With the financial plan in place, you’ll know exactly how much you’ll need to borrow to cover any future cash shortfalls. Again, the amount you borrow should be less than the maximum amount we described earlier. Finally, you’ll want to apply for a loan several months before the money is actually needed.
The best bet is to have six months of working capital saved in case your business falls on hard times, but it’s also important to remember the context and seasonality of your trade. What are you going to use this cash cushion for? When you calculate what six months of working capital is, do you base that on a monthly average? Is it based on the past six months?
To determine what a responsible borrower would need in the event of an emergency, the past is your best reference. Says Weiss, “If your business has been established for some time, look back to the last recessionary cycle. How far off sales were you? How long to recover? How much did you lose? If you’re a new business, use a proxy. Look at what happened to small businesses in your industry during the last two economic downturns […] What expenses would you cut? How many months of losses would you expect? How would you fund that?”
Weiss also notes that you could even be declined for a pre-existing line of credit if your business starts going south quickly, as you will certainly be asked for updated financial statements. He adds, “the only way to stay ahead of that is with good financial management, to anticipate where the business is headed and start funding yourself through borrowing in advance of [a crisis].” So, be sure you’re keeping a finger on your business’ financial pulse.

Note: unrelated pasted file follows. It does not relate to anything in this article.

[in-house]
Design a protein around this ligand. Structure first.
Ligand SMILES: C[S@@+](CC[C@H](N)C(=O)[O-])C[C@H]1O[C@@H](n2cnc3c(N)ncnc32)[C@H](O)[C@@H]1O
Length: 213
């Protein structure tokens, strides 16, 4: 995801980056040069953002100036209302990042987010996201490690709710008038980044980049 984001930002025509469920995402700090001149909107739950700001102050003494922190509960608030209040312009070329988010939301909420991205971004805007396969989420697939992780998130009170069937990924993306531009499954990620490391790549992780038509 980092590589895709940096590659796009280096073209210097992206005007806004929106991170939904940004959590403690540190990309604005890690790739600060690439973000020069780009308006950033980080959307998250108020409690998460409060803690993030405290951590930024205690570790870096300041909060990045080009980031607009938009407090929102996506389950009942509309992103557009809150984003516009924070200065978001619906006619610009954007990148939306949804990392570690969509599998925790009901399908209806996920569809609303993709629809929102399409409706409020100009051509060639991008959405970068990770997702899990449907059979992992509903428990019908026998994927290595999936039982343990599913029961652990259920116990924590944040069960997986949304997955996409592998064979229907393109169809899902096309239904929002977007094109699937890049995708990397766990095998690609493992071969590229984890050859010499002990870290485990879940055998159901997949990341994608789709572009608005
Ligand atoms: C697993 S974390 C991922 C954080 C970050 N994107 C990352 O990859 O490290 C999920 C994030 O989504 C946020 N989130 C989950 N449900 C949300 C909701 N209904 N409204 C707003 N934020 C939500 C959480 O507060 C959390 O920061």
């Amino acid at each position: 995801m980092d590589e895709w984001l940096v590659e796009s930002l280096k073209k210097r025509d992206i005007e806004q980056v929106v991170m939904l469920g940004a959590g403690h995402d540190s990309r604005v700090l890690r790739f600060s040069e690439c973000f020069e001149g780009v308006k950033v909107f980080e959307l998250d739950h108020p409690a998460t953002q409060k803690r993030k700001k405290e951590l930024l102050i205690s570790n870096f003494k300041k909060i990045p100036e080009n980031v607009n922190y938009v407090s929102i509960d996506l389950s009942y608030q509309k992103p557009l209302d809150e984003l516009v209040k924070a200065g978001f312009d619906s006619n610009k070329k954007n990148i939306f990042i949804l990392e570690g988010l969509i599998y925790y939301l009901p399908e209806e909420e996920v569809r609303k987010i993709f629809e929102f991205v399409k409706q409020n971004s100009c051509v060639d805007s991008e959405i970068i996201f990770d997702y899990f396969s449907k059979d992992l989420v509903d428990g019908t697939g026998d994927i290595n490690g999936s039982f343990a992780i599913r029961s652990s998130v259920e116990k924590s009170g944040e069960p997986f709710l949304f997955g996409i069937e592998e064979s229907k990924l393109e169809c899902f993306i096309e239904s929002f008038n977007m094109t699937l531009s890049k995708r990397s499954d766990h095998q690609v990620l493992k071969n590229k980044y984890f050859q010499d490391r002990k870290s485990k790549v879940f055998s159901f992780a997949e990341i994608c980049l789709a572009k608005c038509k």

Which type of lender is your best match?
After deciding how much you need to borrow and when you need to do it, it’s time to explore your options beyond traditional banking.
Everyone knows the big banks, such as Chase and Citibank, offer small business loans. Sadly, though, many of the larger banks have restricted their lending since the Great Recession, which in turn has caused a rise in alternative lenders. Alternative lenders are institutions other than banks and credit unions that offer financing such as loans, lines of credit and cash advances. Kabbage is a good example of an alternative lender. If you are wary of the traditional bank route, you should have a look at some of the alternative lenders out there. However, it’s important for you to know the difference between the two.